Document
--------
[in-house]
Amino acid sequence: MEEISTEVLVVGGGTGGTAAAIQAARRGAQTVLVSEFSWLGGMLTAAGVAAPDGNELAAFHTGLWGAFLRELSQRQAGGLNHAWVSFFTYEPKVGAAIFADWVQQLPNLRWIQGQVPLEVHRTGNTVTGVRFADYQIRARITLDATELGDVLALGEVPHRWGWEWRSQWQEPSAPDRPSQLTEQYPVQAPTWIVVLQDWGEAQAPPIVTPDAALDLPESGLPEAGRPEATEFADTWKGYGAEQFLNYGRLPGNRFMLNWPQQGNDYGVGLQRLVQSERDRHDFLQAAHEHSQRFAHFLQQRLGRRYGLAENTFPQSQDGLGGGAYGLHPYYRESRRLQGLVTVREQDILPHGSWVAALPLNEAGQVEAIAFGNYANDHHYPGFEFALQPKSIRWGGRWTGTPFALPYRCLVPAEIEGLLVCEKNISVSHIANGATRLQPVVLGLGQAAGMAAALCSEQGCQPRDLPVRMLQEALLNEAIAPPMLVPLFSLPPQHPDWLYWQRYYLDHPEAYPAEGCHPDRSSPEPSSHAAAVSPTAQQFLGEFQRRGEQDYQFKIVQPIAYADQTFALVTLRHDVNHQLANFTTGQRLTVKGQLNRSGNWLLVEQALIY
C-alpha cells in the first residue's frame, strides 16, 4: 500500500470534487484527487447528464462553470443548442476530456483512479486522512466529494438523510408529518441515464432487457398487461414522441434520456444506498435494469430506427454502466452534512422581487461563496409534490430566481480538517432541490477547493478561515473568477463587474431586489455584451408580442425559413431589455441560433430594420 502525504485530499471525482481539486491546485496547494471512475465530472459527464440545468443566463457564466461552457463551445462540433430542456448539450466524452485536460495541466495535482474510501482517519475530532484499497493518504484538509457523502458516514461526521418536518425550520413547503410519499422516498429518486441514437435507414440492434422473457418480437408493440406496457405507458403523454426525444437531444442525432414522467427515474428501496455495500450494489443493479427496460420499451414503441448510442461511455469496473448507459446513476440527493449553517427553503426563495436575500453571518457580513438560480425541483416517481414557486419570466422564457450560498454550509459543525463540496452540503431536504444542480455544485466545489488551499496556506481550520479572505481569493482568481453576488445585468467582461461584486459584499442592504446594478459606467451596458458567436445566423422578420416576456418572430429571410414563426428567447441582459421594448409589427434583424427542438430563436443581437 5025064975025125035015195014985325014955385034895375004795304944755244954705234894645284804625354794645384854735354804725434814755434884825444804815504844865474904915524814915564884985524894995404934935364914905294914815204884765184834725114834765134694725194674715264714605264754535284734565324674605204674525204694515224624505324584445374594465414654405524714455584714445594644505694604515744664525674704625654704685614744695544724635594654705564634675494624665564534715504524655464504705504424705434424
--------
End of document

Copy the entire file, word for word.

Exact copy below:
[in-house]
Amino acid sequence: MEEISTEVLVVGGGTGGTAAAIQAARRGAQTVLVSEFSWLGGMLTAAGVAAPDGNELAAFHTGLWGAFLRELSQRQAGGLNHAWVSFFTYEPKVGAAIFADWVQQLPNLRWIQGQVPLEVHRTGNTVTGVRFADYQIRARITLDATELGDVLALGEVPHRWGWEWRSQWQEPSAPDRPSQLTEQYPVQAPTWIVVLQDWGEAQAPPIVTPDAALDLPESGLPEAGRPEATEFADTWKGYGAEQFLNYGRLPGNRFMLNWPQQGNDYGVGLQRLVQSERDRHDFLQAAHEHSQRFAHFLQQRLGRRYGLAENTFPQSQDGLGGGAYGLHPYYRESRRLQGLVTVREQDILPHGSWVAALPLNEAGQVEAIAFGNYANDHHYPGFEFALQPKSIRWGGRWTGTPFALPYRCLVPAEIEGLLVCEKNISVSHIANGATRLQPVVLGLGQAAGMAAALCSEQGCQPRDLPVRMLQEALLNEAIAPPMLVPLFSLPPQHPDWLYWQRYYLDHPEAYPAEGCHPDRSSPEPSSHAAAVSPTAQQFLGEFQRRGEQDYQFKIVQPIAYADQTFALVTLRHDVNHQLANFTTGQRLTVKGQLNRSGNWLLVEQALIY
C-alpha cells in the first residue's frame, strides 16, 4: 500500500470534487484527487447528464462553470443548442476530456483512479486522512466529494438523510408529518441515464432487457398487461414522441434520456444506498435494469430506427454502466452534512422581487461563496409534490430566481480538517432541490477547493478561515473568477463587474431586489455584451408580442425559413431589455441560433430594420 502525504485530499471525482481539486491546485496547494471512475465530472459527464440545468443566463457564466461552457463551445462540433430542456448539450466524452485536460495541466495535482474510501482517519475530532484499497493518504484538509457523502458516514461526521418536518425550520413547503410519499422516498429518486441514437435507414440492434422473457418480437408493440406496457405507458403523454426525444437531444442525432414522467427515474428501496455495500450494489443493479427496460420499451414503441448510442461511455469496473448507459446513476440527493449553517427553503426563495436575500453571518457580513438560480425541483416517481414557486419570466422564457450560498454550509459543525463540496452540503431536504444542480455544485466545489488551499496556506481550520479572505481569493482568481453576488445585468467582461461584486459584499442592504446594478459606467451596458458567436445566423422578420416576456418572430429571410414563426428567447441582459421594448409589427434583424427542438430563436443581437 5025064975025125035015195014985325014955385034895375004795304944755244954705234894645284804625354794645384854735354804725434814755434884825444804815504844865474904915524814915564884985524894995404934935364914905294914815204884765184834725114834765134694725194674715264714605264754535284734565324674605204674525204694515224624505324584445374594465414654405524714455584714445594644505694604515744664525674704625654704685614744695544724635594654705564634675494624665564534715504524655464504705504424705434424